Getting Students With Autism Through High School, To College And Beyond
Colin Ozeki, a high school student with autism, is on track to graduate this year from Millennium Brooklyn High School with an advanced diploma.
Colin Ozeki, 16, doesn't like to sugarcoat how autism spectrum disorder has affected his interactions with others, his emotions and his own self-confidence. He sees it as an issue to confront, something about himself to work on and improve in order to fully participate in life around him.
He appreciates the adage, "It's a difference, not a disability." But he disagrees with it when it comes to himself.
"I don't think I would be at this place that I'm at right now if it weren't for people acknowledging the idea that I had some kind of problem per se," says Colin. "I might have just been this confused person forever, and somewhat underdeveloped."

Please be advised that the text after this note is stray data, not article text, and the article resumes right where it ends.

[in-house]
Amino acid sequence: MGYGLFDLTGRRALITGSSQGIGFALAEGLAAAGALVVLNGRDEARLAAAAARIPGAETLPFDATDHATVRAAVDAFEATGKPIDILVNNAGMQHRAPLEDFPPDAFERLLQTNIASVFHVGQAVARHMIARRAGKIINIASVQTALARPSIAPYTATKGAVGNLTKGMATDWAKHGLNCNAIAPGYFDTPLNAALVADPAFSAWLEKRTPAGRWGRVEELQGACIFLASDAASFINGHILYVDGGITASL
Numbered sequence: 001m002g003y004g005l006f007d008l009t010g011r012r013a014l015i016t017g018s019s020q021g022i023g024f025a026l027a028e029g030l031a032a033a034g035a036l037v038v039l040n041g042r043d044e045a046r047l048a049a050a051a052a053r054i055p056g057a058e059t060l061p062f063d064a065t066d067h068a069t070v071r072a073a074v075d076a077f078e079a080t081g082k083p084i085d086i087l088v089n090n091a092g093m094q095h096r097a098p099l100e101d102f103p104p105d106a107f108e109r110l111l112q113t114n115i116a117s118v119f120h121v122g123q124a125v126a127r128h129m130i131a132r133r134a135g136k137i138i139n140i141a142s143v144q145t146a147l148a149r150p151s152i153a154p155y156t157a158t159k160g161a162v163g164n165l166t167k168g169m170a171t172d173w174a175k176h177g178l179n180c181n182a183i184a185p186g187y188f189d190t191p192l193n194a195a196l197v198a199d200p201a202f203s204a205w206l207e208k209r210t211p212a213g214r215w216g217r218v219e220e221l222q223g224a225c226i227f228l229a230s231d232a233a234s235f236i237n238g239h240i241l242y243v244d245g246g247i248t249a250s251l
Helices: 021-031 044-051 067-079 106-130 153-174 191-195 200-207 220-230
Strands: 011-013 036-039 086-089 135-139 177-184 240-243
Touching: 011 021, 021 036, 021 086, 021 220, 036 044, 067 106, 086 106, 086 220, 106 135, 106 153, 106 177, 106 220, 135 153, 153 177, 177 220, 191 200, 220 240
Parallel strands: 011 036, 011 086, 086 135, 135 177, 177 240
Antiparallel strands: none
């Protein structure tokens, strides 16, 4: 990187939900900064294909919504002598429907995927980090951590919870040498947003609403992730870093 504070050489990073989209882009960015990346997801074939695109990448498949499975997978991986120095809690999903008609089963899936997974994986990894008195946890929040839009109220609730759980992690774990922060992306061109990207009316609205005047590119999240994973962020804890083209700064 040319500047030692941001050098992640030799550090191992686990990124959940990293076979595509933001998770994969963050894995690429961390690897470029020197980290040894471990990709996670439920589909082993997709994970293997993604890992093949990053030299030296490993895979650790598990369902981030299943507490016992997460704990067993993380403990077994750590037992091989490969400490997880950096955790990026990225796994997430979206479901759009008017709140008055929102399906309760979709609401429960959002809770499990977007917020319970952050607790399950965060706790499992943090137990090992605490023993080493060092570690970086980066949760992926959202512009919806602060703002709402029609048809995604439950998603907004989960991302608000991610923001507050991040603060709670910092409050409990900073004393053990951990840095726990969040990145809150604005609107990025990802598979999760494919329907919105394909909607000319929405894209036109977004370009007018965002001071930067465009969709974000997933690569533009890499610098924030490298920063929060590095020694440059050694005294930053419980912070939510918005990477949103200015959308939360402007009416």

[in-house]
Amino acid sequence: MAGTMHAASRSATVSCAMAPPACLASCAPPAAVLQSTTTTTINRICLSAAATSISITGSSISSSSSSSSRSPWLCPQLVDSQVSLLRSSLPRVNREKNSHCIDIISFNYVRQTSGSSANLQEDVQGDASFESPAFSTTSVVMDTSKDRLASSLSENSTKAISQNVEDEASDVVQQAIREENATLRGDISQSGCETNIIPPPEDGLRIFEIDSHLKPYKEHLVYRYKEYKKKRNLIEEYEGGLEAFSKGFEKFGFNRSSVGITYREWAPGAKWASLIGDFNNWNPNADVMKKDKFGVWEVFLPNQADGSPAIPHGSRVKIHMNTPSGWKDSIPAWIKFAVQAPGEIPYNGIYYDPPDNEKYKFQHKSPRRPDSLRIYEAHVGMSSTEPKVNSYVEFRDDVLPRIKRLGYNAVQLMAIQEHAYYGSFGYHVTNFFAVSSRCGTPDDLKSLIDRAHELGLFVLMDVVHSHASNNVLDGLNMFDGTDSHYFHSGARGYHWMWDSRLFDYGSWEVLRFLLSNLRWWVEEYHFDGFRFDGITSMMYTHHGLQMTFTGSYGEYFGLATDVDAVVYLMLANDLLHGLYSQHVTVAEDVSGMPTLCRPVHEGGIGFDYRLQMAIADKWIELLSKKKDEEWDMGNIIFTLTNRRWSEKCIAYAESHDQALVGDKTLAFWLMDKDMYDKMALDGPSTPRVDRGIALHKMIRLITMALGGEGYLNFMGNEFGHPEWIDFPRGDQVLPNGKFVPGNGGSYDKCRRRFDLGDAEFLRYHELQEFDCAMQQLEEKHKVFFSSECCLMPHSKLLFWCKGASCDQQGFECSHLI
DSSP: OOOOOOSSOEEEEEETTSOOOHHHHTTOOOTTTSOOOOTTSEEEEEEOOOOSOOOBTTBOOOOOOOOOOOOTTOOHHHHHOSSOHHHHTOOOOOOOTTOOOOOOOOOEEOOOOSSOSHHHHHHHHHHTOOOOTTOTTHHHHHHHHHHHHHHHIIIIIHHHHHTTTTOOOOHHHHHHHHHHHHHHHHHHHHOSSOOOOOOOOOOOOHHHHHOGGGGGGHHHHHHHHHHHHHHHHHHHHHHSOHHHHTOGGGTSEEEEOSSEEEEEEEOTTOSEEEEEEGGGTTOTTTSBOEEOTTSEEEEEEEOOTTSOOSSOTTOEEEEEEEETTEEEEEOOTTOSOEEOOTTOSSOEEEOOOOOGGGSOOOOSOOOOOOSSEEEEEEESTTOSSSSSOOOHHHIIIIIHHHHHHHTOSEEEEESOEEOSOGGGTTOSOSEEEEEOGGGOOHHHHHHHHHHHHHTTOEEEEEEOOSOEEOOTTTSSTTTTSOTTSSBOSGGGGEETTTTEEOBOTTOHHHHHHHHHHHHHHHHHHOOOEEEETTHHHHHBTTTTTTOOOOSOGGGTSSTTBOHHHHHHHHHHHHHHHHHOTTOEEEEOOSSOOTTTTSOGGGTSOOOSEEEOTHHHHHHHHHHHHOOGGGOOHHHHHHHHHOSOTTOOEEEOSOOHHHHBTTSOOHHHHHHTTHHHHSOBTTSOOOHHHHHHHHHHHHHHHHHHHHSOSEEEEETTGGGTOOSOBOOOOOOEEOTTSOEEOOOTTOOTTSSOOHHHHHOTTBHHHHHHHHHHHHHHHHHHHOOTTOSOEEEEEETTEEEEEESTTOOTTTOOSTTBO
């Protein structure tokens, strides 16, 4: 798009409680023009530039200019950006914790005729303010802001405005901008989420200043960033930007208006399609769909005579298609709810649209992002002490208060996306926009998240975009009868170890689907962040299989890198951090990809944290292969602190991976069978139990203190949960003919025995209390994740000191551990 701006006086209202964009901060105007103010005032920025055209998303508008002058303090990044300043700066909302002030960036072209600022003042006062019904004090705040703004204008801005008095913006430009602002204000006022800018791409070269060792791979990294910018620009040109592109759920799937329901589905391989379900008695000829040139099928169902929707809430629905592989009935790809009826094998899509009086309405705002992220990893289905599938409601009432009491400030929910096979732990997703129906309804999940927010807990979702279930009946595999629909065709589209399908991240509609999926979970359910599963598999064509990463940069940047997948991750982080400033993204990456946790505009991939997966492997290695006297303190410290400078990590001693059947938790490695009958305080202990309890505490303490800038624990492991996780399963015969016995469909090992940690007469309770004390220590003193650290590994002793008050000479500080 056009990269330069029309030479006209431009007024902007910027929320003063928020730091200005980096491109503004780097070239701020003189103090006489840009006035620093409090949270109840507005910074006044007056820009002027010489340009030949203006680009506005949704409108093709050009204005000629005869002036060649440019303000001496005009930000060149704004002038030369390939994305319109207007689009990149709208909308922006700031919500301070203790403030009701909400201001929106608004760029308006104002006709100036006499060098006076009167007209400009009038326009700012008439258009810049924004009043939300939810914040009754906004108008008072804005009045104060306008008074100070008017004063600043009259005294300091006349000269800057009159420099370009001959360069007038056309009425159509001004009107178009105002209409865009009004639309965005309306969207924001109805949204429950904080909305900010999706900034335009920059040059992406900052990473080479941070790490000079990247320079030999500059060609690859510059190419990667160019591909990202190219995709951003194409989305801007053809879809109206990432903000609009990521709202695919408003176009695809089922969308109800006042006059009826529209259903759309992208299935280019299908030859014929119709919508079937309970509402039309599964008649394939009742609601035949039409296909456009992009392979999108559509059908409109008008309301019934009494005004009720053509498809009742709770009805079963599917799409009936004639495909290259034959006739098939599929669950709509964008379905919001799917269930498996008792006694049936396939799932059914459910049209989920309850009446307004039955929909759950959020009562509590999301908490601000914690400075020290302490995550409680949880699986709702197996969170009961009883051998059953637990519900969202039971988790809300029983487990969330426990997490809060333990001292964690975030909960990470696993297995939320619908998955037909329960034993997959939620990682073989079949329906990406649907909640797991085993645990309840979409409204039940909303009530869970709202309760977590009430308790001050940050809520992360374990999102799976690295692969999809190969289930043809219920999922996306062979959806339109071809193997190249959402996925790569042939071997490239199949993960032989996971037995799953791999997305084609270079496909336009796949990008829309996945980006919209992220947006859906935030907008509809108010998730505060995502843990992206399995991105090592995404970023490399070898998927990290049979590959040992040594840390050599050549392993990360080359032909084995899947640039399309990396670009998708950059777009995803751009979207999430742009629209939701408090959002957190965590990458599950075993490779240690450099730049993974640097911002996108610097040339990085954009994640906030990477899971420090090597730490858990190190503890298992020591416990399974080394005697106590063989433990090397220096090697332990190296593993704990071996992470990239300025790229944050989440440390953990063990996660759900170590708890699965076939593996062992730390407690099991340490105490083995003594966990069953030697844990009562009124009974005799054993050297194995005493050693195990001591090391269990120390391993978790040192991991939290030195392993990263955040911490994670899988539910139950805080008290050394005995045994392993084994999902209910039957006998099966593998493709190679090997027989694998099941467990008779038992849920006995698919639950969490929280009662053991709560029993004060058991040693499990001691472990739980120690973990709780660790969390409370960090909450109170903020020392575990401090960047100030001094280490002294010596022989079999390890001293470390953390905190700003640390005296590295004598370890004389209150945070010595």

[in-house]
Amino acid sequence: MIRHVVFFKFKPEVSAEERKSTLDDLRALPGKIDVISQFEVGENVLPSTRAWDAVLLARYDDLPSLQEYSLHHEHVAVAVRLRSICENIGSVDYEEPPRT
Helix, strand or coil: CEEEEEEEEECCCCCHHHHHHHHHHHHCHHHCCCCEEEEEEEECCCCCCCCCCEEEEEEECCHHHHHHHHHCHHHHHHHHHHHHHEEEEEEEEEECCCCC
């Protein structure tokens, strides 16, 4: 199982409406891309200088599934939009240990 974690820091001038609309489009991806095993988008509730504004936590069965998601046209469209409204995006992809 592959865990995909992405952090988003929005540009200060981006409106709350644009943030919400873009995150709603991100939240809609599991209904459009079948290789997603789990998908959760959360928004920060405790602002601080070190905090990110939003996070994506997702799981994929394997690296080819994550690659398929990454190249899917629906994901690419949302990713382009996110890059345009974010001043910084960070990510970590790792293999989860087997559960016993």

We know a lot more about children with autism spectrum disorders than we did just a decade ago, but nationwide students with autism are enrolling in college in relatively low numbers.
Colin, now a senior at Millennium Brooklyn High School, has been part of a program in the New York City schools aiming to change that. It's called ASD Nest (ASD refers to students with autism spectrum disorder) and he's been with it his entire school career.
A key underlying philosophy of the program is that education — the classroom — provides the most effective treatment for autism. The program, run jointly by the city's Department of Education and NYU Nest Support Project, places students with autism who are capable of doing grade-level work in classrooms with their non-disabled peers.